Cristóbal de Sandoval, Duke of Uceda
Cristóbal Gómez de Sandoval-Rojas y de la Cerda, known as the duque de Uceda (Duke of Uceda), but also titled second marquis of Cea, fifth marquis of Denia, and knight of the order of Santiago (1581 – Alcalá de Henares, 31 May 1624) was the official minister of state, also known as the valido or valued one, for King Philip III of Spain. He engineered the exile of his father the Duke of Lerma, from the court, and his own succession to the position.
Son of Francisco Gómez de Sandoval y Rojas, Duke of Lerma and Catalina de la Cerda, main lady in waiting for the queen Margaret of Austria. His birthdate and place are unclear, and placed between 1577 and 1581. Cristóbal married in 1597 with Mariana de Padilla Manrique, daughter of Martín de Padilla Manrique, first count of Santa Gadea y Adelantado Mayor of Castille. Her mother was Luisa Manrique de Lara, eighth countess of Buendía. They had seven children, three of which reached adult age, including:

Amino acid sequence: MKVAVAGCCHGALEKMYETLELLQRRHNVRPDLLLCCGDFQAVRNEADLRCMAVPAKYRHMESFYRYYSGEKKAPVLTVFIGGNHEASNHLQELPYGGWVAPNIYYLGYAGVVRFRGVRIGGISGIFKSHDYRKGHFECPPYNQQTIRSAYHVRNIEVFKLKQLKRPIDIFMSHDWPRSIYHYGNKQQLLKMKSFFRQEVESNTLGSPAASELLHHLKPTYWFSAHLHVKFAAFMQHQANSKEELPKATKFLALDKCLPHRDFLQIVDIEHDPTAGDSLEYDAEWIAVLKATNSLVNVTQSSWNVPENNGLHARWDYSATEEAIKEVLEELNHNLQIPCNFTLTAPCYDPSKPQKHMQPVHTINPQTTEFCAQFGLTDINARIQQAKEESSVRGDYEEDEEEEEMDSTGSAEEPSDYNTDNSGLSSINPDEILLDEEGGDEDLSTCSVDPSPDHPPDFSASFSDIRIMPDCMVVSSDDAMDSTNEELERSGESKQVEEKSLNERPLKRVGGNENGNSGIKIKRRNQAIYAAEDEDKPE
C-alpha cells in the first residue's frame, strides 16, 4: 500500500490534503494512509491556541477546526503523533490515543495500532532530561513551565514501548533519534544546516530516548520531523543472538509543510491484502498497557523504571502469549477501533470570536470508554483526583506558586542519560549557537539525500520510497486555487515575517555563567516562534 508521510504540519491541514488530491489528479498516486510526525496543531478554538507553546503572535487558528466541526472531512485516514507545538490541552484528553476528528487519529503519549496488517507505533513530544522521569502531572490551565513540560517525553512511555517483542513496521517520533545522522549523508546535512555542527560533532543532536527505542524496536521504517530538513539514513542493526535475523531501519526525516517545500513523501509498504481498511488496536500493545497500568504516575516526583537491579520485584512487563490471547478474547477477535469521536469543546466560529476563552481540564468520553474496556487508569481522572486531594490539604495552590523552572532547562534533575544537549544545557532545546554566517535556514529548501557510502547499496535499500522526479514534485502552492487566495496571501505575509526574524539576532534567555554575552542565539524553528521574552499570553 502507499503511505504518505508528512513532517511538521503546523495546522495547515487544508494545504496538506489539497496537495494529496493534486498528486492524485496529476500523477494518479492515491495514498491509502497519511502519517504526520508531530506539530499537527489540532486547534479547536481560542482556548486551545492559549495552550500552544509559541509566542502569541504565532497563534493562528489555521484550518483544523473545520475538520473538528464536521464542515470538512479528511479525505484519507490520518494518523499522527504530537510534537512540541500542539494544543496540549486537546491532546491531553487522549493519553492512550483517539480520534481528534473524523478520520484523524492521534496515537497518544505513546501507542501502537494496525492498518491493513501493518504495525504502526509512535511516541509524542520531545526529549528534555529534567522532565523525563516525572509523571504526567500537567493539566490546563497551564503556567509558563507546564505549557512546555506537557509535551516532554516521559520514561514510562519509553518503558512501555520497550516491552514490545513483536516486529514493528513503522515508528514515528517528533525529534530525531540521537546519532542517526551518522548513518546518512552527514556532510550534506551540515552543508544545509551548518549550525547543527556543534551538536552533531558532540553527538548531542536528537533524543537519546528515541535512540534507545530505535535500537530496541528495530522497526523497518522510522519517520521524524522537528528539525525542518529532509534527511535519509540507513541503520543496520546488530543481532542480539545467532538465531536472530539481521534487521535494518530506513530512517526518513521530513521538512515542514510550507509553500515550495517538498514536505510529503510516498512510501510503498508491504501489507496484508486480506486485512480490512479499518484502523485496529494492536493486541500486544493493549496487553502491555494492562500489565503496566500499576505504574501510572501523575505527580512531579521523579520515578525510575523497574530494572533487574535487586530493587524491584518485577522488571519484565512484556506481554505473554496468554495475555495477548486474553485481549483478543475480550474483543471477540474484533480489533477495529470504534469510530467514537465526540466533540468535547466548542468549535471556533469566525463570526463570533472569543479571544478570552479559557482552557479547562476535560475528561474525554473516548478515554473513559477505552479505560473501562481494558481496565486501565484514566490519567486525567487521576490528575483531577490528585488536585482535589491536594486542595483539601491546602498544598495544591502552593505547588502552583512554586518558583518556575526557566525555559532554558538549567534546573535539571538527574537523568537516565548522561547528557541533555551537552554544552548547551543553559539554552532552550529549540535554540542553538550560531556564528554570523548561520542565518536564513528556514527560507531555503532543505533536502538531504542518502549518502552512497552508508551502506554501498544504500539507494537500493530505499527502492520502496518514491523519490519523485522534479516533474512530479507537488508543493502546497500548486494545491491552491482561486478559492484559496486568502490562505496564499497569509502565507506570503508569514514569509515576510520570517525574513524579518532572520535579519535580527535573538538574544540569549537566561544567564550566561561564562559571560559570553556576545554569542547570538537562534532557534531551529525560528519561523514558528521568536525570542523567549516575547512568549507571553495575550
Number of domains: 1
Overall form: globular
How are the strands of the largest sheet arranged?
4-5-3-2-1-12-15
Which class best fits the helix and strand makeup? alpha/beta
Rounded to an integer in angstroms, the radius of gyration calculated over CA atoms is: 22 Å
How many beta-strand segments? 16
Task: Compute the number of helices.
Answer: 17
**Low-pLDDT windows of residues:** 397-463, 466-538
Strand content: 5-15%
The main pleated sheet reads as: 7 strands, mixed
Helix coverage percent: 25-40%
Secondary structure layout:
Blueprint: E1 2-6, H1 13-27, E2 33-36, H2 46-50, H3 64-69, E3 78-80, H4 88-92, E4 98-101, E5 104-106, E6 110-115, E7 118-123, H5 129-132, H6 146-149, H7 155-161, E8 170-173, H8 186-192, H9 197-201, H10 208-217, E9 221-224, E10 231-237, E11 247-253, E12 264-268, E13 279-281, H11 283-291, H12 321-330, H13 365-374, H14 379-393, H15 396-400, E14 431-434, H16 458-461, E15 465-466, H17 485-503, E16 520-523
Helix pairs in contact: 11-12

- Luisa Gómez de Sandoval-Rojas y Padilla who married Juan Alfonso Enríquez de Cabrera, IX admiral of Castile and duke of Medina de Rioseco.
- Isabel Gómez de Sandoval-Rojas y Padilla who married Juan Tellez-Girón y Enriquez de Ribera, 4th Duke of Osuna, marquis of Peñafiel and count of Ureña.
- Francisco Gómez de Sandoval-Rojas y Padilla, who became the second duke of Uceda, and who married Felice Enríquez de Cabrera.
In 1609, he bought Uceda, and the subsequent year received the title of Duke of Uceda from the King. The intrigue by Cristóbal to replace his father as valido included known opponents of the Duke of Lerma, including the royal confessor, Luis de Aliaga, and Gaspar de Guzmán, Count-Duke of Olivares. In 1618, the unpopular Duke of Lerma fell from favor, and was subsequently made a cardinal with offices outside of Madrid.
The Duke of Uceda, appointed as Sumiller de Corps and Caballerizo mayor to the King, followed a policy to benefit landowning nobility, including his clan. He built the ostentatious Palacio of the Duke of Uceda in Madrid. In foreign policy, he continued the suppression of the religious-based rebellion in Bohemia, and sought the anexation of Portugal. In 1621, upon the ascent of Philip IV of Spain, he was substituted in an intrigue, which involved his former ally, the Count-Duke of Olivares, who replaced him. Cristóbal, like his father was exiled to a castle in Torrejón de Velasco. Much of his property was confiscated, and though he was briefly released and gained some level of pardon, he was re-arrested and died in jail at Alcalá de Henares.